There was always a distance between my mother and my writing. For the longest time, she rarely read what I wrote. It bothered me a lot. And I often drowned in bitterness about it.
When on Friday, May 30, 2014, I was invited to do one of my biggest literary readings in NYC at KGB Bar; I lined up a series of “Mom jokes.” The event was a couple of weeks after Mother’s Day; I figured the mom-humor was in order. But on 30th morning, I received a phone call in New York that Mom was in the hospital in New Delhi.
My parents were headed to Kashmir, also known as “Paradise on Earth,” for a vacation. Instead of checking her bags at the airport, Mom checked herself into the ICU. Instead of showing up to my reading in Manhattan, I showed up to catch a flight to New Delhi.
In the plane, I started to write poems from my heart. Simple, conversational, confused, angry, emotional, raw, vulnerable verses. I used other words for my mother—mom, mummy, ma, mumma—hoping my persistent helplessness would keep her alive.
On my way to India, I wrote to stay awake because I feared I would dream of the worst. I wrote because I felt my prayers, pain, and poems would keep Mom breathing. I wrote when I saw the stewardess bring Mom’s favorite breakfast: croissant with strawberry jam. I wrote when we flew over Libya, a country where I had spent part of my childhood.
Writing helped me stay strong.
Ironically, Mom would complain, “You never write about me, beta.” I would roll my eyes, “People on a writer’s shit list appear in their works, Ma. If I haven’t written about you, consider it a good thing.”
Loss has a mind of its own. At the end of the week—from the time we received the phone call in New York until we cremated Mom in New Delhi and completed her last rites in Patna, I went on to complete an entire collection of poems, Saris and a Single Malt, which came out in August 2016. Those who have read the book appreciate the vulnerability and accessibility of it.
Truth is, I haven’t always written for the right reasons or from the right place. Or shared a healthy relationship with writing.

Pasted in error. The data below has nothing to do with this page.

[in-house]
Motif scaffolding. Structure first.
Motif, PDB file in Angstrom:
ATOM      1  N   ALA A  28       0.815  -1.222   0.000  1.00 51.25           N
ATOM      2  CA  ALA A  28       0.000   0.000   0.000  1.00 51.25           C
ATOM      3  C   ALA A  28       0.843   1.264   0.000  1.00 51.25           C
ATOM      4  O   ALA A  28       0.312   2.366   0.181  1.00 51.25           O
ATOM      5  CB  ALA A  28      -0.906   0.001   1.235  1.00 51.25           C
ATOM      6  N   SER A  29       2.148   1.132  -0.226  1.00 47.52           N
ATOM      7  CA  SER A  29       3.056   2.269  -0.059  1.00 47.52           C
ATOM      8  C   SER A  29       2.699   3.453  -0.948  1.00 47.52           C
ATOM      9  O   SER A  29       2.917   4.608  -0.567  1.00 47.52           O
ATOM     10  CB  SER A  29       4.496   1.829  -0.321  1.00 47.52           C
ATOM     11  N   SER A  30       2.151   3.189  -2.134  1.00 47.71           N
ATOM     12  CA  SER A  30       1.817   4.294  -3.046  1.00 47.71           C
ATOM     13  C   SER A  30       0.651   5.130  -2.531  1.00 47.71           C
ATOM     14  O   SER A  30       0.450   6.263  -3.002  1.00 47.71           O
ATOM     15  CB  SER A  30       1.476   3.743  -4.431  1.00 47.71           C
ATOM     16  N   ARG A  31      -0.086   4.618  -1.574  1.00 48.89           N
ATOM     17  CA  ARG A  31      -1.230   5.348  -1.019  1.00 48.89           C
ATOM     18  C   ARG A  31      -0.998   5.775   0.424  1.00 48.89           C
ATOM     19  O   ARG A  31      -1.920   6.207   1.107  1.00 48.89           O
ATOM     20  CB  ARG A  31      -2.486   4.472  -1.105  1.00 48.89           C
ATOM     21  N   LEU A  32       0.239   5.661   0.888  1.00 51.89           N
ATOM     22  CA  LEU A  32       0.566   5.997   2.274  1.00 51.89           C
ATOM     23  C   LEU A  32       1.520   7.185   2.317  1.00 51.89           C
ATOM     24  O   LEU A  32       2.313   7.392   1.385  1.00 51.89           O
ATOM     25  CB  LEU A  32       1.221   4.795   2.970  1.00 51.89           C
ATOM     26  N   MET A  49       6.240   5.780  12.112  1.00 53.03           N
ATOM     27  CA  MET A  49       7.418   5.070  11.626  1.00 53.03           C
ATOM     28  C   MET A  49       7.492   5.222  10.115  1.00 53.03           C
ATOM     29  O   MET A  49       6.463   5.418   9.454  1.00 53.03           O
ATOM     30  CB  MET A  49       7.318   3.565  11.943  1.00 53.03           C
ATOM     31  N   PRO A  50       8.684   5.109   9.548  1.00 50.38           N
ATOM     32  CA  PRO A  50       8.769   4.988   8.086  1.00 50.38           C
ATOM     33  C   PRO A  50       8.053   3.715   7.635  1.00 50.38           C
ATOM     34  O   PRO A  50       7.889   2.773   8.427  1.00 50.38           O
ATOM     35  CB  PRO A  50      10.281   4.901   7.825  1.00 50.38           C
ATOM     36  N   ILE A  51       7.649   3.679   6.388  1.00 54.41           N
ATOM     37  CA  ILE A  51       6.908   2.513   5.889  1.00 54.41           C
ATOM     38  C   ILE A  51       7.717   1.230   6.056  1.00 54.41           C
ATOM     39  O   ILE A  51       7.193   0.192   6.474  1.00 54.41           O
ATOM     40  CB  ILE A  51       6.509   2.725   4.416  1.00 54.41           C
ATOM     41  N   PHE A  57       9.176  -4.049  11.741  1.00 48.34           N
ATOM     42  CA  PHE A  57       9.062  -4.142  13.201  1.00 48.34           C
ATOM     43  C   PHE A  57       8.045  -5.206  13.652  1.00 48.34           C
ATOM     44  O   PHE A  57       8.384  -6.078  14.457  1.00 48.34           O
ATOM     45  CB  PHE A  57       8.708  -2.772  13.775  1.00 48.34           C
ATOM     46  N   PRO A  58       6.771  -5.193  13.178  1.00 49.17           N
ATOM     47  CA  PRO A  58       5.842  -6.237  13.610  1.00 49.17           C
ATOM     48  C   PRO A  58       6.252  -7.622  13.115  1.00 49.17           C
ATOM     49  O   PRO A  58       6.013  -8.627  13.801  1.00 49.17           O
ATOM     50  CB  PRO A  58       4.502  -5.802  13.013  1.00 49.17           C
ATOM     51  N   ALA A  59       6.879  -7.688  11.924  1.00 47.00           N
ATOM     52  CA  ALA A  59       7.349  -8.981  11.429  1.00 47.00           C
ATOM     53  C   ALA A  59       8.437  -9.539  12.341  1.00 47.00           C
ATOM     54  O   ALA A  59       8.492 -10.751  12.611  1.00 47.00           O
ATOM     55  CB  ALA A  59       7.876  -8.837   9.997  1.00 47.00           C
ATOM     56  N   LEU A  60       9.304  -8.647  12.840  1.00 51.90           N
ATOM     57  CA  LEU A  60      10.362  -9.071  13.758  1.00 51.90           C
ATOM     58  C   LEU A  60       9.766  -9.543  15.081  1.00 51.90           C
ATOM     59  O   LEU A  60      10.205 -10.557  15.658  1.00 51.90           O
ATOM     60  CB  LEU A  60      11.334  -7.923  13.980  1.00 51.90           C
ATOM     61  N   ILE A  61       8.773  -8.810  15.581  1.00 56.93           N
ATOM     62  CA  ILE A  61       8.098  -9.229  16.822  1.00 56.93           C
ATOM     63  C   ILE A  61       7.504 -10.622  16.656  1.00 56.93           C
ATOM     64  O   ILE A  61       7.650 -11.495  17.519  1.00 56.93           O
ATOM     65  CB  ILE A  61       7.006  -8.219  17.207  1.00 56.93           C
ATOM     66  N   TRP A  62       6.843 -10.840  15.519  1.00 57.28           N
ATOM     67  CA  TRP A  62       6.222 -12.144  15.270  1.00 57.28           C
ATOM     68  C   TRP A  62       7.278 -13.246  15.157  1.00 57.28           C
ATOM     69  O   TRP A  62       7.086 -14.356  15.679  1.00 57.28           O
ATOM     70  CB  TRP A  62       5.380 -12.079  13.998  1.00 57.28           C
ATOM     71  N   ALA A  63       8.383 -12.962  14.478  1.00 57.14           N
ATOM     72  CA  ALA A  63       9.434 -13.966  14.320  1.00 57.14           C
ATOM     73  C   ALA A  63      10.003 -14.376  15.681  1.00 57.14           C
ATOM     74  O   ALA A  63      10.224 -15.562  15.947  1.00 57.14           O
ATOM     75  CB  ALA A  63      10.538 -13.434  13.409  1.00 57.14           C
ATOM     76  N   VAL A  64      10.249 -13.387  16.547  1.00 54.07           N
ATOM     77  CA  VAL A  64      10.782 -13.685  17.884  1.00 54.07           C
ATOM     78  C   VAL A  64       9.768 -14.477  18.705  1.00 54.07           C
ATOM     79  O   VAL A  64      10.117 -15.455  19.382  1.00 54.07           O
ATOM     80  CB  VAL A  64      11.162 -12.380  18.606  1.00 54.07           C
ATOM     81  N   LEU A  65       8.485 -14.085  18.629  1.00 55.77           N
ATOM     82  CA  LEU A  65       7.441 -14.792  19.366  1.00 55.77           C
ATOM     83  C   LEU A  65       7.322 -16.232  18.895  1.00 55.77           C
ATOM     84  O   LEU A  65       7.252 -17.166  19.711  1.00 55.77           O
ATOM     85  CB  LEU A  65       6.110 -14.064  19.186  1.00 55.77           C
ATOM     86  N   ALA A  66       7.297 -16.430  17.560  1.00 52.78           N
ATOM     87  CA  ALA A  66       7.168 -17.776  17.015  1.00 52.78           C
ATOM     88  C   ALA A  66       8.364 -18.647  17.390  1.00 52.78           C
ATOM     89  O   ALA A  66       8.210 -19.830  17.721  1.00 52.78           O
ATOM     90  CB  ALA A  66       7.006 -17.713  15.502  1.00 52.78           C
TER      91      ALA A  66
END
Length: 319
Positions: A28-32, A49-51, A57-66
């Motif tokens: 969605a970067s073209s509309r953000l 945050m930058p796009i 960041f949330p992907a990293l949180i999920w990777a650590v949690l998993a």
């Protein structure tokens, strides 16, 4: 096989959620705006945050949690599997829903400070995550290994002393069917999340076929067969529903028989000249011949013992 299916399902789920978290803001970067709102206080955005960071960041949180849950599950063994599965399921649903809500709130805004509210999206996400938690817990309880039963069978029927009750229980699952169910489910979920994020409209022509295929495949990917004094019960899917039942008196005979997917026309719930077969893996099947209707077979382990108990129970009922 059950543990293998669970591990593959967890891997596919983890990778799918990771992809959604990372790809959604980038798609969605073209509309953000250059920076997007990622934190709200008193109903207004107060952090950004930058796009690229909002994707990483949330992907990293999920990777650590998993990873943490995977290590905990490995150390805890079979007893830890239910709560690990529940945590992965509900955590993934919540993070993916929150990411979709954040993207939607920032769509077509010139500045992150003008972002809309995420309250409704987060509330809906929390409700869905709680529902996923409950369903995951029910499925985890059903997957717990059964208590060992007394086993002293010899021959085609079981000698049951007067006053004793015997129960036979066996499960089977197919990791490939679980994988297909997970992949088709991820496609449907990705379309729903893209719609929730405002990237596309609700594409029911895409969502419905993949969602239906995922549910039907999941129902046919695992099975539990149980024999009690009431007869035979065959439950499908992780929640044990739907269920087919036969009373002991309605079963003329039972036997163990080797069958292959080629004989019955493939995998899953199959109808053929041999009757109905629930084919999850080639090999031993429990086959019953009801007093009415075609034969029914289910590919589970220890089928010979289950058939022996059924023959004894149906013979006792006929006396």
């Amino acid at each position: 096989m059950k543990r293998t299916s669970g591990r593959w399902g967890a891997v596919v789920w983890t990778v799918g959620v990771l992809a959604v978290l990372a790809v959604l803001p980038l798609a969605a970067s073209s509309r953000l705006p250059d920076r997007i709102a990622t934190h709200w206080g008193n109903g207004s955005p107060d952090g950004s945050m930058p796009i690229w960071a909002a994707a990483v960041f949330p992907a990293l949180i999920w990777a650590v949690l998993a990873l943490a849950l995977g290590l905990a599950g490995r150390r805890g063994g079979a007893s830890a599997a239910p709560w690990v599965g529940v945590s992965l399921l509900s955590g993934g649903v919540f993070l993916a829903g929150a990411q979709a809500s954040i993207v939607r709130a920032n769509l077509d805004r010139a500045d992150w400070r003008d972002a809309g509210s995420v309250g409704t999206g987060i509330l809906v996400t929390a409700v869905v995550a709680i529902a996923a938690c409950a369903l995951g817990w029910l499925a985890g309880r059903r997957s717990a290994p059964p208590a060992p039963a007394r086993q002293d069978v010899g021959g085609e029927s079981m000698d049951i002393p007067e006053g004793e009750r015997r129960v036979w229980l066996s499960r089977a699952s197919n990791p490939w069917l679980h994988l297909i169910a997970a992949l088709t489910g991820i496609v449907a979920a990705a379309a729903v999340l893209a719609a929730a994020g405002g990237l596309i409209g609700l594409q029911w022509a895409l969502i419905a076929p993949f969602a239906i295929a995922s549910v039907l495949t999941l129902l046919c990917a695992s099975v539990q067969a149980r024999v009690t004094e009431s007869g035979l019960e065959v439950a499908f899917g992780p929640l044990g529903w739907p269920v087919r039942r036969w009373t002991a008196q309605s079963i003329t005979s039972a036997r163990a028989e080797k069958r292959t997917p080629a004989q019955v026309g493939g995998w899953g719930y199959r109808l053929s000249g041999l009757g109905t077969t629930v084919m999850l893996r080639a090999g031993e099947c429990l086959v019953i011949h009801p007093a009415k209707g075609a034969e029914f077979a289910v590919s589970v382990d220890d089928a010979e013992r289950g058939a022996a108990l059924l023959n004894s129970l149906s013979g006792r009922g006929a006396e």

In 2009, when I officially “came out” as a writer, I would blog once a week. Big words, Thesaurus, verbosity, and ego became my guiding principles back then. Growing up in a boarding school in the Himalayas and managing my school’s prestigious magazine had led me to believe that flowery language and dense writing were marks of a public intellectual. We were rewarded for memorizing the Oxford Dictionary.
When my first novel, Perfectly Untraditional, came out in the summer of 2011, my Mom kept the book by her bedside but didn’t read it. I felt perplexed by her behavior; I knew she was both proud and happy. I had witnessed the beaming in her eyes at the book launch in New Delhi. My parents had flown down to India’s capital for my big day. Mom, an elegant woman, had proudly pulled out one of her finest saris and jewels for the evening. She had taken the longest to get dressed. “It’s my daughter’s book launch. I have to look good tonight,” she’d insisted.
Why the heck wouldn’t she read my book? I asked myself a million times. Finally, before leaving for New York, I called her on it. “What did you think of Perfectly Untraditional?”
“Beta, I haven’t yet read it.”
“I have been very busy.”
“Busy with what, Ma?” I broke into tears. “You have the entire day to yourself and a house full of help.” My tone can be caustic when upset.
She pulled out her glasses. “Beta, truth is, I tried to read the book.” Her voice became mellow. “But I didn’t understand. I tried very hard and maybe my English is not good enough.” She cried inconsolably.
My Mom’s tears taught me that if my writing was making others feel inferior about them then I had failed both as a writer and a human being. I am glad she and I spoke about her desperation at wanting to read Perfectly Untraditional but feeling inept at doing so. My intention was never to hurt her or anyone. I wanted to change the world, give voice to the voiceless, and help others with my writing. But I was approaching it wrongly.
Something shifted inside of me that day. I stopped writing to prove a point to anyone or to impress my readers. I still believe in what I do, but I have started to write stories truest to me in a way that seem authentic to who I am. Leaving the ego out of writing has drastically improved both the quality of my writing and life.
Now, every morning as I show up to my yoga mat at sunrise, without ego or expectations, I express gratitude for a lot of things. After my yoga practice, I burn incense and whisper to my laptop, “Writing is its own reward.” I am grateful to be a writer.
Sweta Srivastava Vikram (www.swetavikram.com), featured by Asian Fusion as “one of the most influential Asians of our time,” is an award-winning writer, five-time Pushcart Prize nominee, Amazon bestselling author of 11 books, writing coach, columnist, marketing consultant, and wellness practitioner who currently lives in New York City.
Her latest poetry collection, “Saris and a Single Malt,” ranked #1 on Amazon under several categories. Sweta’s work has appeared in The New York Times and other publications across nine countries on three continents. A graduate of Columbia University, she also teaches the power of yoga, Ayurveda, & mindful living to female trauma survivors, creative types, entrepreneurs, and business professionals. Sweta is also the CEO-Founder of NimmiLife (www.nimmilife.com), which helps you attain your goals by elevating your creativity & productivity while paying attention to your wellness.